JACKSONVILLE, Fla. — Malik Jackson was first to reach Indianapolis Colts quarterback Jacoby Brissett on this play.
Brissett slipped out of Jackson’s diving arm tackle and scrambled right. Yannick Ngakoue was waiting, only to have Brissett spin away from him.
Next up was Calais Campbell, who didn’t miss. He rarely does.
Campbell’s early sack in Jacksonville’s 30-10 victory against the Indianapolis Colts gave him 12 ½ this season and broke the franchise’s single-season record . The previous mark (12) was set by Tony Brackens in 1999.
Campbell waved to the crowd as his achievement was recognized on the giant replay boards at EverBank Field.
“Anytime they show love, it’s always nice,” Campbell said. “That’s a testament to the guys that are around me. We take turns making plays. Our secondary really did such a great job locking down receivers to give us time to get back there, so it’s an accolade for them really.”
Maybe so, but there’s no denying the impact Campbell has had in his first season with the Jaguars (8-4).
Campbell has been a role model in the locker room and a vocal leader on the field, holding teammates more accountable and raising the play of everyone around him.
“It’s awesome to watch,” Jackson said. “I’m wondering what took him so long. He’s been working so hard and just to be a part of that and see it for myself in person is a blessing, because that man works so hard. I’m so happy he got it, and I wouldn’t want anyone else to get that accolade or be in the spotlight than him because he’s a great guy.”
The Jaguars have a league-leading 45 sacks, with Campbell leading the way. Ngakoue has 10. Dante Fowler has 6 ½. And Jackson has six.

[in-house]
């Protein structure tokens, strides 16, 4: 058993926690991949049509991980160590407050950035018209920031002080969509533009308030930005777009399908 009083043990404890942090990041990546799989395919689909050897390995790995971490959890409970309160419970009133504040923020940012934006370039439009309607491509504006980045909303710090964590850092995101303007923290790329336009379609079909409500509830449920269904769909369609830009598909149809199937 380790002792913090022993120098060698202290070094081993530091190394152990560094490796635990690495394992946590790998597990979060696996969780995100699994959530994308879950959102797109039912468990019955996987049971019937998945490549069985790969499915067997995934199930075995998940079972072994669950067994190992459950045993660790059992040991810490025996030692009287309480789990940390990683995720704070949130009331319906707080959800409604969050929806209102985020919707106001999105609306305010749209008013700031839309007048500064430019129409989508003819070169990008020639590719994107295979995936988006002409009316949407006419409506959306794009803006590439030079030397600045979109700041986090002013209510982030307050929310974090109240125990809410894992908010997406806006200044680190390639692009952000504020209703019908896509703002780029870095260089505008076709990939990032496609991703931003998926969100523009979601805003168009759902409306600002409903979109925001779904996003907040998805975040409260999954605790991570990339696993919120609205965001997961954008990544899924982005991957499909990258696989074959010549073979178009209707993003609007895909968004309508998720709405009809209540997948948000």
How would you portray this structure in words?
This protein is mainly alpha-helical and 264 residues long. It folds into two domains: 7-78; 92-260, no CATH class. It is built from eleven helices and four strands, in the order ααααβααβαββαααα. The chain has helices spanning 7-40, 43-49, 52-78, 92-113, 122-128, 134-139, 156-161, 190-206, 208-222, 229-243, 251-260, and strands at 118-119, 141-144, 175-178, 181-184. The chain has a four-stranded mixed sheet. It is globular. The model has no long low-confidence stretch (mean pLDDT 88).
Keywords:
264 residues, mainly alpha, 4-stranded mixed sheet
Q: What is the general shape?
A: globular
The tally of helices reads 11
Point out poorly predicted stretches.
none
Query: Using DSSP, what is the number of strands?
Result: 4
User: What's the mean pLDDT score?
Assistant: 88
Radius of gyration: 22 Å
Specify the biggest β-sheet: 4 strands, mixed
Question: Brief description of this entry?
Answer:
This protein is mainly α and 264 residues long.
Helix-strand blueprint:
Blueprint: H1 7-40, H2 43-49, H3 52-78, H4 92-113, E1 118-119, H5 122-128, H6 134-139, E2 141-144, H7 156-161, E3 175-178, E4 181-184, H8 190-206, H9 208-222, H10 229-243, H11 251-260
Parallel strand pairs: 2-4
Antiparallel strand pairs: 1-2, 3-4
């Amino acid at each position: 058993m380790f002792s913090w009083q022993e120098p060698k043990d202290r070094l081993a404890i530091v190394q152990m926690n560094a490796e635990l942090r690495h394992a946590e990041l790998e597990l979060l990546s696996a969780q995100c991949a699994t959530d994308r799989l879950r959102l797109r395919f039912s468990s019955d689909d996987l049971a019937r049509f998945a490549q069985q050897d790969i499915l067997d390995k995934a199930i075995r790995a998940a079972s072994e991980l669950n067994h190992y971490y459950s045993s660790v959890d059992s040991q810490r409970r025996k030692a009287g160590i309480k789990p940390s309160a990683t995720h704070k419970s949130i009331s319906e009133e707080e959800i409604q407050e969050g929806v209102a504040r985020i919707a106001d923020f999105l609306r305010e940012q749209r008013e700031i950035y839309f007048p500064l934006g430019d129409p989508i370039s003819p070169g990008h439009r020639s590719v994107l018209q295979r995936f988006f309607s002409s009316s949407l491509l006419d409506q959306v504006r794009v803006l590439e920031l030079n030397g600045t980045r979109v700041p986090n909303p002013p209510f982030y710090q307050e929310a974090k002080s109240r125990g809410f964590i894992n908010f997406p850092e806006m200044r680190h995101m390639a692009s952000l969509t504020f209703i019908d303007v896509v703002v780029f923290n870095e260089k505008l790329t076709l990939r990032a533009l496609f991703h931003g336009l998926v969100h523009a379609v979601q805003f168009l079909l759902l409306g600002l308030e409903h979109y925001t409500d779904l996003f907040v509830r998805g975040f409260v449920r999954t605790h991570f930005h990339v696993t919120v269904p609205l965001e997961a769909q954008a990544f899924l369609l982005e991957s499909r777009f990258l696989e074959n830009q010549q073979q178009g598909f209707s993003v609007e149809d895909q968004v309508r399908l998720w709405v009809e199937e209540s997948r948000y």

“At the end of the day, I couldn’t care less about it right now,” Campbell said. “Down the road, it will be great. But I’m jumping at the win and going forward.”
The Jaguars reached eight wins for the first time since 2010 and stayed in the thick of the AFC postseason picture.
Here are some other things we learned from Jacksonville’s first series sweep against the Colts since they joined the AFC South in 2002:
MOVING UP: Frank Gore is in the top five on the NFL’s career rushing list . The 34-year-old Gore ran 13 times for 61 yards, passing Jerome Bettis (13,662) for sixth in the second quarter and topping LaDainian Tomlinson (13,684) for fifth in the third. Gore now has 13,697 yards rushing in 13 NFL seasons, the first 10 with San Francisco and the past three with the Colts. He is 404 yards behind Curtis Martin for fourth.
“When I look back at my career coming out of college, all the ups and downs I had in college, I got here and there were a lot of doubters (who thought) I wouldn’t be here long,” Gore said. “But I’m still here, still competing. My name is getting mentioned with a lot of great guys, so it’s a blessing.”
TOUGH SLEDDING: Indianapolis (3-9) lost its third straight and sixth in the past seven games, and was eliminated from the division race.
“This is tough. You never want to get used to losing,” safety Darius Butler said. “It sucks. It sucks, man. It’s as simple as that. We work our (butt) off all week and then to come out here and not follow our way, we got roughed up today. We’ve got to find a way to draw a line in the sand and make things happen.”
TRICKY JAGS: The Jaguars might be the NFL’s best at faking punts . Facing fourth-and-7 near midfield in the first quarter, punter Brad Nortman found tight end James O’Shaughnessy wide open over the middle for a 29-yard gain. Blake Bortles hit Marqise Lee five plays later for Jacksonville’s seventh opening-possession score of the season. It was Jacksonville’s third fake punt of the season — all successful and all leading to touchdowns.
“To go out there and make an impactful play and get the offense rolling after that was really something special,” Nortman said.
HOOP DREAMS: Leonard Fournette’s first touchdown in six weeks came with a special celebration. After Fournette scored, he lined up in front of the goal post and shot a free throw over the crossbar with teammates standing on both sides of the makeshift lane. It was good.
“We have a ton of celebrations (planned),” Fournette said. “We just have to get into the end zone more to celebrate them.”